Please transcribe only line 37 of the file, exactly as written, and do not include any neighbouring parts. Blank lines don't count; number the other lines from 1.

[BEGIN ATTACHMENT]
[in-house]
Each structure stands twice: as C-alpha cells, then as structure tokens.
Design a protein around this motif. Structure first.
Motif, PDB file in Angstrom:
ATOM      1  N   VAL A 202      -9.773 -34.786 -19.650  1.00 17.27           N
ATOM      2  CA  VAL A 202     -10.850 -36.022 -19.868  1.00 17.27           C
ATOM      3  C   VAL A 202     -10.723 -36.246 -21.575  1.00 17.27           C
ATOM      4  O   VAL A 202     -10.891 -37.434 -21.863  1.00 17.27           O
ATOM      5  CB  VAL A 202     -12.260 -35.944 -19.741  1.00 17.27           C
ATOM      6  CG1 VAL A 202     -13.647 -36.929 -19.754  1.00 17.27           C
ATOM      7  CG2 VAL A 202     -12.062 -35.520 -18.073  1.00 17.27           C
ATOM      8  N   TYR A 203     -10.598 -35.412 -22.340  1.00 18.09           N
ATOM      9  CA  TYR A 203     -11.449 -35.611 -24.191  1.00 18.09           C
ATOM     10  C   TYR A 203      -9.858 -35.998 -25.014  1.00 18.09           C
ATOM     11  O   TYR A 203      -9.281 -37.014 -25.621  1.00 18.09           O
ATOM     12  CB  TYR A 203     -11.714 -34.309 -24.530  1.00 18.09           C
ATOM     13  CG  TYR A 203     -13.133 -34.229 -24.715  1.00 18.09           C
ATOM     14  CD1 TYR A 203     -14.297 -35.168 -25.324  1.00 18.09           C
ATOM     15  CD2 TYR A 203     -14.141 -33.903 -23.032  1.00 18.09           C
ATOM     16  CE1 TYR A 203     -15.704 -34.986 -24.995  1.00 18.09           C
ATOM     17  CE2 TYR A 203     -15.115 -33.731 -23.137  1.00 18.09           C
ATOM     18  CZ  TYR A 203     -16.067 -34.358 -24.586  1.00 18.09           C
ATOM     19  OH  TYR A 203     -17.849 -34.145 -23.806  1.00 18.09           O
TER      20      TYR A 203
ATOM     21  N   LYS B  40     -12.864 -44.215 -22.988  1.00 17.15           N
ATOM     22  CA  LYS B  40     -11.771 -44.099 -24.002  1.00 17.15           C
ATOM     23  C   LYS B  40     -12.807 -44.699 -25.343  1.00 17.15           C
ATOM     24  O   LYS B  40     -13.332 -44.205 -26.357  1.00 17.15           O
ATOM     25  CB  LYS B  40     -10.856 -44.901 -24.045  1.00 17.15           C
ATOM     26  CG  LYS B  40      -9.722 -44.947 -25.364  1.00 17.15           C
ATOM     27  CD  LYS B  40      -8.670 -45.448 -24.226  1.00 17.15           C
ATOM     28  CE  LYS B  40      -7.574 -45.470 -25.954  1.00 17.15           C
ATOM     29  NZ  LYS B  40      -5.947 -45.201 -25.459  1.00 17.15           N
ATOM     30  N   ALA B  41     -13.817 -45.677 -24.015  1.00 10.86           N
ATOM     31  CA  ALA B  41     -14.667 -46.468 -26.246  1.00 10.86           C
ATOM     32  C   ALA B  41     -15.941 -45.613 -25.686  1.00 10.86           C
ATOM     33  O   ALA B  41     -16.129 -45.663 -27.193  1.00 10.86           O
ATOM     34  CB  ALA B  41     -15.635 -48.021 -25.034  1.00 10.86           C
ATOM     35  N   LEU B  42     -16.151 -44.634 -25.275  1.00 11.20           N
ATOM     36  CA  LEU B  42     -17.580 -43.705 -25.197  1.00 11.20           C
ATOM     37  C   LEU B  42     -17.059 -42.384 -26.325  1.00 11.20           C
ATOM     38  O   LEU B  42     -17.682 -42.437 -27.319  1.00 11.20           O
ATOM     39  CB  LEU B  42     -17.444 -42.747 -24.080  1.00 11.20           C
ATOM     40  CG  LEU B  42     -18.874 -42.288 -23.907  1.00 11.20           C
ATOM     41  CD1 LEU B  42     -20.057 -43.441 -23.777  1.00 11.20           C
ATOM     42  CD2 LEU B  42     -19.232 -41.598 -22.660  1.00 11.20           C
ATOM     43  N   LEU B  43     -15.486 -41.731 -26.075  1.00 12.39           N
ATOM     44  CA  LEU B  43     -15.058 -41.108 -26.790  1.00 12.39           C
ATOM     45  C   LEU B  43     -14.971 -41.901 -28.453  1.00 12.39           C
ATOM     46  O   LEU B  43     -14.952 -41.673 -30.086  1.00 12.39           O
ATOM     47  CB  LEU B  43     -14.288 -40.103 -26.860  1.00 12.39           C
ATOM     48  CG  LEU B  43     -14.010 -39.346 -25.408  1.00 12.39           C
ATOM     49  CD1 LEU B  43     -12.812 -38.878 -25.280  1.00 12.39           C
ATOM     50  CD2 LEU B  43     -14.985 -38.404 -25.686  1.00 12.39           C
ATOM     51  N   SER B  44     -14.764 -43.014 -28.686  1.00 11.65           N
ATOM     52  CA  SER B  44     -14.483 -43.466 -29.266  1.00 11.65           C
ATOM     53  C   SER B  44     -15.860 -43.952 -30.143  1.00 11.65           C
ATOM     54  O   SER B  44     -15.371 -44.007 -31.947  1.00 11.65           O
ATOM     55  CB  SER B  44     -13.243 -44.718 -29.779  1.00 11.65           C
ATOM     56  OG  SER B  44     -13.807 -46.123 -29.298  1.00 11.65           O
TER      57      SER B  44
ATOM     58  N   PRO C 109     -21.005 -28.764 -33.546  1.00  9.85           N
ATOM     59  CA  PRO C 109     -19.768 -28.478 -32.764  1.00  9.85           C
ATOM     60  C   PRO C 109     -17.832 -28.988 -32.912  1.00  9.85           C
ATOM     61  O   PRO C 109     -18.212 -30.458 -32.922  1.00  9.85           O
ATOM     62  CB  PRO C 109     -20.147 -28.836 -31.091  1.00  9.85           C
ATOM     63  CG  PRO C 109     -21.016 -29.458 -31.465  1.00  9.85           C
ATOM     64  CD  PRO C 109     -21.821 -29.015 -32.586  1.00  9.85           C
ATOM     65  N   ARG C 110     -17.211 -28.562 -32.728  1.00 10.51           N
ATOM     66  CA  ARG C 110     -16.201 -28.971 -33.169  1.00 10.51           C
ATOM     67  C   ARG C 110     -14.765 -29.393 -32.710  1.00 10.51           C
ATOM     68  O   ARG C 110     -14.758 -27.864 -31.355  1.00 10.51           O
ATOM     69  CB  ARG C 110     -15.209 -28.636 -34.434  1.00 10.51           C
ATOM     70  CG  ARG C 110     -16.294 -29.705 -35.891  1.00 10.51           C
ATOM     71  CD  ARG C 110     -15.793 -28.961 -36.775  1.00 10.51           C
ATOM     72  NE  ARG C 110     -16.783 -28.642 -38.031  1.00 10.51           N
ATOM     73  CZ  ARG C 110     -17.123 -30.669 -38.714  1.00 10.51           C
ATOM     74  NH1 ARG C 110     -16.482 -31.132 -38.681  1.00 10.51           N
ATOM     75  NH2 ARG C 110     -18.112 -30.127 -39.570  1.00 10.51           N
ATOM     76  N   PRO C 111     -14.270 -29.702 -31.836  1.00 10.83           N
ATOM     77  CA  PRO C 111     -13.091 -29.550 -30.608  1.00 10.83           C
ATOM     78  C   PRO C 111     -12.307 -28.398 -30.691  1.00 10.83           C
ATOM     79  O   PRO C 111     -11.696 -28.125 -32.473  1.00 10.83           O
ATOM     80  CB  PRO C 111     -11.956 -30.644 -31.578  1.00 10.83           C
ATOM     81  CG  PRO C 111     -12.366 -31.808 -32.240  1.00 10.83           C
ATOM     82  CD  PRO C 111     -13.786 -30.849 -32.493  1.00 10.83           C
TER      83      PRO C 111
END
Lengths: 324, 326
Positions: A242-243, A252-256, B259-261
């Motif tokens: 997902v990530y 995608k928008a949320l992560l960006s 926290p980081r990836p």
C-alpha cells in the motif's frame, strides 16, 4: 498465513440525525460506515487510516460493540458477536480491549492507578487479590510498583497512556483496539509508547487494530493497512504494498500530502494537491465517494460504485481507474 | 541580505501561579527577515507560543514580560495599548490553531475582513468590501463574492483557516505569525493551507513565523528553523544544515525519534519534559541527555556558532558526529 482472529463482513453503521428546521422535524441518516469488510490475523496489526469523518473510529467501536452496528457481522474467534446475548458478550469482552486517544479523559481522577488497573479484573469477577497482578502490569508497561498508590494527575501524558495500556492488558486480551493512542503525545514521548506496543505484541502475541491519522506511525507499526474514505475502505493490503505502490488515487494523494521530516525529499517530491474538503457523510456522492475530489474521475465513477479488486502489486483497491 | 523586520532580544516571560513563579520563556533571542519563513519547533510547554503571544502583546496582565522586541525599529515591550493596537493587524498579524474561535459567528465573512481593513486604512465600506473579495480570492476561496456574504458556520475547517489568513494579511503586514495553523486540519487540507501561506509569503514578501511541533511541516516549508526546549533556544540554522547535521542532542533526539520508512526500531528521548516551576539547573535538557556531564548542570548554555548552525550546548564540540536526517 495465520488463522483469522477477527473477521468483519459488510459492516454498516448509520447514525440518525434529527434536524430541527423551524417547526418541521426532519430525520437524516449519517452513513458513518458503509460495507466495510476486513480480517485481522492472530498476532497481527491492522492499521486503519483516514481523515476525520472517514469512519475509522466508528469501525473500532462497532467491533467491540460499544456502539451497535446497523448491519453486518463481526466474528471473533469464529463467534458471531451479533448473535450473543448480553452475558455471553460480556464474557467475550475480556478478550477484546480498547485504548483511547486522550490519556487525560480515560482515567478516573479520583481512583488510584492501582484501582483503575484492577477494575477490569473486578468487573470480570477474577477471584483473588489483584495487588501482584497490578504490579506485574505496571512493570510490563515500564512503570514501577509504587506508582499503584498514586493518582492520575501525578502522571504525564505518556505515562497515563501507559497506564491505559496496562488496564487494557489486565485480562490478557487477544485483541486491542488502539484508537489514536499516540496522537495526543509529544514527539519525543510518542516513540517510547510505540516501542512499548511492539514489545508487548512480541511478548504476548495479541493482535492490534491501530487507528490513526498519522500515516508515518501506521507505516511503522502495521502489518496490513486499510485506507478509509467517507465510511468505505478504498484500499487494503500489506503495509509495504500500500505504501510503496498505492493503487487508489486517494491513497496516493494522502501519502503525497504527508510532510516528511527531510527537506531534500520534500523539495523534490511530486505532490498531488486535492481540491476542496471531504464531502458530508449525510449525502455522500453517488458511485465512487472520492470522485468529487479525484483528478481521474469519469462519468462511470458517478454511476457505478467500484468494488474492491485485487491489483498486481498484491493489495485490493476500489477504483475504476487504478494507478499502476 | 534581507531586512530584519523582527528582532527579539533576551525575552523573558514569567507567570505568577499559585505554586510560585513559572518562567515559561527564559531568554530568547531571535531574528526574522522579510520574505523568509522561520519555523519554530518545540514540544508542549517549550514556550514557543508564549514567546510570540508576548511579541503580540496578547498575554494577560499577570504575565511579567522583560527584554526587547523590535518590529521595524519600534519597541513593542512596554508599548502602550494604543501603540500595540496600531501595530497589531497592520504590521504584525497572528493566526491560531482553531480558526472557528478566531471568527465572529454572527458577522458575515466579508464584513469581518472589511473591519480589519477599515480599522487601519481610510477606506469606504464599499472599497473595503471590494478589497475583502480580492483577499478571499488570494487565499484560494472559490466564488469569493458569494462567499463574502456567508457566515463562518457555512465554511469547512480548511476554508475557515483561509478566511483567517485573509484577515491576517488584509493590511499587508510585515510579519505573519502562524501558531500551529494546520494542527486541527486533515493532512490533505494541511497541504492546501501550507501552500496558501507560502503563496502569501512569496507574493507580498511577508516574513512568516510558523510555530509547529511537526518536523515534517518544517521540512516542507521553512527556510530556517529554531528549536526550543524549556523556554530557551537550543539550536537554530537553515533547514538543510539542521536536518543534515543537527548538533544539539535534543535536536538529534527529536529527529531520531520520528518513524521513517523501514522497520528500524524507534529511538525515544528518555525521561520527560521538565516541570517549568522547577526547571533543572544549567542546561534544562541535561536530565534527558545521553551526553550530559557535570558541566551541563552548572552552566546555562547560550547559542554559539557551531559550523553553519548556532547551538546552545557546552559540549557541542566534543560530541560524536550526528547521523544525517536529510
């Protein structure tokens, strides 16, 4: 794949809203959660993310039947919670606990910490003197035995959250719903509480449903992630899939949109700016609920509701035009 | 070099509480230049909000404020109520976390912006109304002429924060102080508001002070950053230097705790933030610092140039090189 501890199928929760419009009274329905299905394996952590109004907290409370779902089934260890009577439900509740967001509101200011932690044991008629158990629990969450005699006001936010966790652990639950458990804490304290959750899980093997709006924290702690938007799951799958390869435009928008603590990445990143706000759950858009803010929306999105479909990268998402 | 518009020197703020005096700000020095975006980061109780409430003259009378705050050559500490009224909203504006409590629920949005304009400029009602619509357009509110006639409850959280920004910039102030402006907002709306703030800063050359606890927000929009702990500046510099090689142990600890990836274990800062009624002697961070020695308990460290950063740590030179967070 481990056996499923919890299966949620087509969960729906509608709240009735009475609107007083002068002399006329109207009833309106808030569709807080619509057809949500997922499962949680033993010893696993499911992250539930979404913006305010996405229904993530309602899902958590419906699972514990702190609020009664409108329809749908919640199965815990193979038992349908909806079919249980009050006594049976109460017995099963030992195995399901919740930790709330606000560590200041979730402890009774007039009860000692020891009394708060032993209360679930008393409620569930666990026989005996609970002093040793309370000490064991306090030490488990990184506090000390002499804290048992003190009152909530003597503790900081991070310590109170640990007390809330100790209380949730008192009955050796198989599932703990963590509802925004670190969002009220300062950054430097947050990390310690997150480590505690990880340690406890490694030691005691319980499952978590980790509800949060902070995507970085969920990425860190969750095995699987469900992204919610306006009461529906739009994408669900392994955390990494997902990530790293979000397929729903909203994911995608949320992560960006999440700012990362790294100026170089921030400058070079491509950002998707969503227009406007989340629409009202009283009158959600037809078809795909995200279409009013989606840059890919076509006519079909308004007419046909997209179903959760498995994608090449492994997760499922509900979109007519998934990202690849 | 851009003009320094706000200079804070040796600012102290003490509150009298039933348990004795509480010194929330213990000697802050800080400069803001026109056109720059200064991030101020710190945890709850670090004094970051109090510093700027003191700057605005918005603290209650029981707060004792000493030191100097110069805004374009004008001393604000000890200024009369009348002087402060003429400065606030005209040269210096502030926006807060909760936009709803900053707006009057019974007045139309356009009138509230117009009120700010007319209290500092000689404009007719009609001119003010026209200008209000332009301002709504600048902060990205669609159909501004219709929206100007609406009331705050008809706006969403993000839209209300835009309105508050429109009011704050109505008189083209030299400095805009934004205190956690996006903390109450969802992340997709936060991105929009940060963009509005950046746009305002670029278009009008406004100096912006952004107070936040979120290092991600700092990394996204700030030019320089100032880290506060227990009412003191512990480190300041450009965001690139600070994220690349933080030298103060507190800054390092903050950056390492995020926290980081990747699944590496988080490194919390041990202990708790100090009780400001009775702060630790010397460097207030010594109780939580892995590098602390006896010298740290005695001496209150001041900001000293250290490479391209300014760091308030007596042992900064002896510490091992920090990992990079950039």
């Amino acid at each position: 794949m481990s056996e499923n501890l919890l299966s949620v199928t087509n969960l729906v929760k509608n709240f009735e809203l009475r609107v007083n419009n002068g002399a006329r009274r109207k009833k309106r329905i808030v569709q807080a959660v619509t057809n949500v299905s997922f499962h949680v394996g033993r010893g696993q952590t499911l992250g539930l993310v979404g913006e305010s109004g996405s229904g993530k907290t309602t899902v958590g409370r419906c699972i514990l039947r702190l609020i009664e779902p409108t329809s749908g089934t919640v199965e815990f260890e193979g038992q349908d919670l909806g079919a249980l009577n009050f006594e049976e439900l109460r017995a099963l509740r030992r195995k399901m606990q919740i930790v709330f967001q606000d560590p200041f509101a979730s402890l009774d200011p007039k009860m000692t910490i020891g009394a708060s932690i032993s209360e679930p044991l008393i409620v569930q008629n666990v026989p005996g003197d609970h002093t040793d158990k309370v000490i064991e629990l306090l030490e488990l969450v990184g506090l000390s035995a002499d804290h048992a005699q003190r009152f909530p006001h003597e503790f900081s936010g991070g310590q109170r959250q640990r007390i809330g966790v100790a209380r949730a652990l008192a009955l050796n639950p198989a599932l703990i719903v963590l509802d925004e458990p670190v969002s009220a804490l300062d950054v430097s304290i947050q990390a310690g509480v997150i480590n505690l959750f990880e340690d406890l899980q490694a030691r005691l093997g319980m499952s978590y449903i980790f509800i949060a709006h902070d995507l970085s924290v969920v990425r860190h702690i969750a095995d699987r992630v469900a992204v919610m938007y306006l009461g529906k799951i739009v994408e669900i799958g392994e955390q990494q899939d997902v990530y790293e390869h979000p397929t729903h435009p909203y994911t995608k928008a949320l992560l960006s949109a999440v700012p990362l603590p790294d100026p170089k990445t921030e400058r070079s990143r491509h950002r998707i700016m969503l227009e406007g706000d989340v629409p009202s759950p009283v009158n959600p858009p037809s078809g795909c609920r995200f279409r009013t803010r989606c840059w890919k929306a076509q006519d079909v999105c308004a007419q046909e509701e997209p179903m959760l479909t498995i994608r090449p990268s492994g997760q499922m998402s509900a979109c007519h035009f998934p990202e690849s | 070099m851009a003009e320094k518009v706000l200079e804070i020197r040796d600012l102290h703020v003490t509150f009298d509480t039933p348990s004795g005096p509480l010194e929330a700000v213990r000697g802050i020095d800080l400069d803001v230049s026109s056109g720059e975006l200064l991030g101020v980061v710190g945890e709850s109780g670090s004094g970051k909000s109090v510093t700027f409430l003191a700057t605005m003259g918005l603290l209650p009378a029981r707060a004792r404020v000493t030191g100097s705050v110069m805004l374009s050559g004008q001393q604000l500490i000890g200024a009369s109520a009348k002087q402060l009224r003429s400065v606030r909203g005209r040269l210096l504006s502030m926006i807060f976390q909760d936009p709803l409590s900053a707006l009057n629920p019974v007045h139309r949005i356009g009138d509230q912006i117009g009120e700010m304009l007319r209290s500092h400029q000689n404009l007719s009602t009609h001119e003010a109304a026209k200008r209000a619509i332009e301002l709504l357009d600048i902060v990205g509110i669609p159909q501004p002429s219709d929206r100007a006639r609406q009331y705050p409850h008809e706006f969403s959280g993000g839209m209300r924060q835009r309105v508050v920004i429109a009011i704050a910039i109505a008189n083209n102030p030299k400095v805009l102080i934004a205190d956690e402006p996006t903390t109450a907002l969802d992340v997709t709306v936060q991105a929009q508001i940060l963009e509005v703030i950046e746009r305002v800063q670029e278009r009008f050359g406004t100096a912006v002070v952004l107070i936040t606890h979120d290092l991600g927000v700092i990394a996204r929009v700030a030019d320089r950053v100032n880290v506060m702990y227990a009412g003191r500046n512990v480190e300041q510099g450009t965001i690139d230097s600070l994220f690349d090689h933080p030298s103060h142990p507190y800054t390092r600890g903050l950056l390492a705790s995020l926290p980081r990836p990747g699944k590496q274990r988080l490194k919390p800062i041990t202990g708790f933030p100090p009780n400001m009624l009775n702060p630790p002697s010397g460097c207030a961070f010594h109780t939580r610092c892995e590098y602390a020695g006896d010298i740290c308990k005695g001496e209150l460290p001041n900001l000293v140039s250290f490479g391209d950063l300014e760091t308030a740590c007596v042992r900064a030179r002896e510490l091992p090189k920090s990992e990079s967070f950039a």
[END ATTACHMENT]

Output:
ATOM     33  O   ALA B  41     -16.129 -45.663 -27.193  1.00 10.86           O